Lapsa, A. P., and Dahm, W. J., 2009, “Hyperacceleration Effects on Turbulent Combustion in Premixed Step-Stabilized Flames,” Proc. Combust. Inst., 32(2), pp. 1731–1738. [CrossRef]
Zelina, J., Shouse, D. T., and Hancock, R. D., 2004, “Ultra-Compact Combustors for Advanced Gas Turbine Engines,” ASME Paper No. GT2004-53155. [CrossRef]
Zelina, J., Greenwood, R. T., and Shouse, D. T., 2006, “Operability and Efficiency Performance of Ultra-Compact, High Gravity (g) Combustor Concepts,” ASME Paper No. GT2006-90119. [CrossRef]
Zelina, J., Shouse, D. T., Stutrud, J. S., Sturgess, G. J., and Roquemore, W. M., 2006, “Exploration of Compact Combustors for Reheat Cycle Aero Engine Applications,” ASME Paper No. GT2006-90179. [CrossRef]
Zelina, J., Anderson, W., Koch, P., and Shouse, D. T., 2008, “Compact Combustion Systems Using a Combination of Trapped Vortex and High-G Combustor Technologies,” ASME Paper No. GT2008-50090. [CrossRef]
Picard, M., Rancourt, D., and Plante, J.-S., 2011, “Rim-Rotor Rotary Ramjet Engine (R4E): Design and Experimental Validation of a Proof-of-Concept Prototype,” ISABE Conference, Gothenburg, Sweden, Sept. 12–16, Paper No. ISABE2011-1258.
Spytek, C. J., 2012, “Application of an Inter-Turbine Burner Using Core Driven Vitiated Air in a Gas Turbine Engine,” ASME Paper No. GT2012-69333. [CrossRef]
Menter, F. R., 1994, “Two-Equation Eddy-Viscosity Turbulence Models for Engineering Applications,” AIAA J., 32(8), pp. 1598–1605. [CrossRef]
Ziegler, K. U., 2003, “Experimentelle Untersuchung der Laufrad-Diffusor-Interaktion in Einem Radialverdichter Variabler Geometrie,” dissertation, RWTH Aachen, D 82 Shaker Verlag, Aachen, Germany.
Smirnov, P. E., Hansen, T., and Menter, F. R., 2007, “Numerical Simulation of Turbulent Flows in Centrifugal Compressor Stages With Different Radial Gaps,” ASME Paper No. GT2007-27376. [CrossRef]
Kurzke, J., 2012, “GasTurb—The Gas Turbine Performance Simulation Program,” GasTurb GmbH, Aachen, Germany, www.gasturb.de
Penkner, A., and Jeschke, P., 2014, “Analytic Rayleigh Pressure Loss Model for High-Swirl Combustion in a Rotating Combustion Chamber,” 63rd Deutscher Luft- und Raumfahrtkongress: Augsburg, Germany, Sept. 16–18, Paper No. DLRK–2014–340267.
UAS, 2009, The Global Perspective, 7th ed., Blyenberg & Co, Paris. [PubMed] [PubMed]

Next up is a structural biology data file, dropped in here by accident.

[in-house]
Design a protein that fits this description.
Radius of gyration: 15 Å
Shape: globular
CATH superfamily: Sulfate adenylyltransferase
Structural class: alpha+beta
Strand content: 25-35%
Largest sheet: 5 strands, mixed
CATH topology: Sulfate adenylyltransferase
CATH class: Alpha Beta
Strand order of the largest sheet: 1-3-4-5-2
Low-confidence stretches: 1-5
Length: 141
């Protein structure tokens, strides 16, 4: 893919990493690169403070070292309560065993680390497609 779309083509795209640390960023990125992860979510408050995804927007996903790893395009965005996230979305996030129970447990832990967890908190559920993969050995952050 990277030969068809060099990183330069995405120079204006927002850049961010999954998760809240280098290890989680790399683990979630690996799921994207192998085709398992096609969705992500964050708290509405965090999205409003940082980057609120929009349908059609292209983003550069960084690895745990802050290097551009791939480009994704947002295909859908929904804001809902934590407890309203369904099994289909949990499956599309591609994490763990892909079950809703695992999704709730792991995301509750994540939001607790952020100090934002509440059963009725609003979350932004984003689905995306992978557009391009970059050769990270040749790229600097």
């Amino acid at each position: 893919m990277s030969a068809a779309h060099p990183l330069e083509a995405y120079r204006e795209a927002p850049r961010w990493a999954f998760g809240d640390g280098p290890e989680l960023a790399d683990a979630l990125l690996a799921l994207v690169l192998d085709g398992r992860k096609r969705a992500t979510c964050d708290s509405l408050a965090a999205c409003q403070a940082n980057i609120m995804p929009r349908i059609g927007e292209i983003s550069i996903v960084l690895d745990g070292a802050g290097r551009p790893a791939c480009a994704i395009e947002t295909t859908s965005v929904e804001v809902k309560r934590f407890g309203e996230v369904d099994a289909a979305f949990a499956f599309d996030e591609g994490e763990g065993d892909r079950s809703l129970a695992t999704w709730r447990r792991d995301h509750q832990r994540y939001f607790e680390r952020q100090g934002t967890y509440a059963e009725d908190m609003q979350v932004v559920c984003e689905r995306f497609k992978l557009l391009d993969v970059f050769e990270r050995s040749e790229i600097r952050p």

Fullagar, K. P. L., 1974, “The Design of Air Cooled Turbine Rotor Blades,” British Aeronautical Research Council, London, UK, Report 35684, Report No. HMT 361.

Figures

Grahic Jump Location
Fig. 1

Schematic sketch of the engine concept

Grahic Jump Location
Fig. 2

Meridional flow channel of the engine concept

Grahic Jump Location
Fig. 3

Gas generator integrated in a counter-rotating turbofan

Grahic Jump Location
Fig. 4

Relative Mach number and velocity vectors at 50% span for the low-speed design

Grahic Jump Location
Fig. 5

Combustor total pressure ratio (high-speed design) over turbine inlet temperature as a function of combustor inlet temperature for fixed Mcax3 = 0.15 and cu = 396 m/s

Grahic Jump Location
Fig. 6

SFC and thermal efficiency over booster stages for case 2 turbofan at test cell conditions

Grahic Jump Location
Fig. 7

Thermal efficiency of case I (conventional turbofan), case II (low-speed gas generator turbofan), and case III (high-speed gas generator turbofan), at test cell conditions

Tables

Errata

Discussions

Some tools below are only available to our subscribers or users with an online account.

Related Content

Customize your page view by dragging and repositioning the boxes below.

Related Journal Articles
Related eBook Content
Topic Collections

Sorry! You do not have access to this content. For assistance or to subscribe, please contact us:

  • TELEPHONE: 1-800-843-2763 (Toll-free in the USA)
  • EMAIL: asmedigitalcollection@asme.org
Sign In